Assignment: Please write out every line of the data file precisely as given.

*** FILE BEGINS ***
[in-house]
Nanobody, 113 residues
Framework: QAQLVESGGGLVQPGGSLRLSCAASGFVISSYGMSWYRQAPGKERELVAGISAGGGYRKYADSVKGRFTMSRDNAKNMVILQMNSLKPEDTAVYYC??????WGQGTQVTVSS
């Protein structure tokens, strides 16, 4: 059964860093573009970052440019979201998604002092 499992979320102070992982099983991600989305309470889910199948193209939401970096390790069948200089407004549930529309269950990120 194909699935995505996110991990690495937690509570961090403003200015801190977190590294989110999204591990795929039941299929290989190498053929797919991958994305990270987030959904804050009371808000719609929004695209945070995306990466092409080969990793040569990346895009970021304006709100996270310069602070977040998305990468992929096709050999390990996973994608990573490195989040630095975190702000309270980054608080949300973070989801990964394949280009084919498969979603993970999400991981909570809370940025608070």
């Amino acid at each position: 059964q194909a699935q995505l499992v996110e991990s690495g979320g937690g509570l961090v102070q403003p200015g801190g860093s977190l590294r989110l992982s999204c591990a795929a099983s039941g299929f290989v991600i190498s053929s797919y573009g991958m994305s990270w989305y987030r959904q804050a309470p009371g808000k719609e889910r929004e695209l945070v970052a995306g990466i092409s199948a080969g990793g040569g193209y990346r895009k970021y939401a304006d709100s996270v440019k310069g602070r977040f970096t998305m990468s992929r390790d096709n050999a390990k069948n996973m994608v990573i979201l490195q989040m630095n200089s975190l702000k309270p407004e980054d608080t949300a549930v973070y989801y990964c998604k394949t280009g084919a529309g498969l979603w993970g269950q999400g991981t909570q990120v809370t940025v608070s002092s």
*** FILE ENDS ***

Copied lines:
[in-house]
Nanobody, 113 residues
Framework: QAQLVESGGGLVQPGGSLRLSCAASGFVISSYGMSWYRQAPGKERELVAGISAGGGYRKYADSVKGRFTMSRDNAKNMVILQMNSLKPEDTAVYYC??????WGQGTQVTVSS
């Protein structure tokens, strides 16, 4: 059964860093573009970052440019979201998604002092 499992979320102070992982099983991600989305309470889910199948193209939401970096390790069948200089407004549930529309269950990120 194909699935995505996110991990690495937690509570961090403003200015801190977190590294989110999204591990795929039941299929290989190498053929797919991958994305990270987030959904804050009371808000719609929004695209945070995306990466092409080969990793040569990346895009970021304006709100996270310069602070977040998305990468992929096709050999390990996973994608990573490195989040630095975190702000309270980054608080949300973070989801990964394949280009084919498969979603993970999400991981909570809370940025608070």
């Amino acid at each position: 059964q194909a699935q995505l499992v996110e991990s690495g979320g937690g509570l961090v102070q403003p200015g801190g860093s977190l590294r989110l992982s999204c591990a795929a099983s039941g299929f290989v991600i190498s053929s797919y573009g991958m994305s990270w989305y987030r959904q804050a309470p009371g808000k719609e889910r929004e695209l945070v970052a995306g990466i092409s199948a080969g990793g040569g193209y990346r895009k970021y939401a304006d709100s996270v440019k310069g602070r977040f970096t998305m990468s992929r390790d096709n050999a390990k069948n996973m994608v990573i979201l490195q989040m630095n200089s975190l702000k309270p407004e980054d608080t949300a549930v973070y989801y990964c998604k394949t280009g084919a529309g498969l979603w993970g269950q999400g991981t909570q990120v809370t940025v608070s002092s």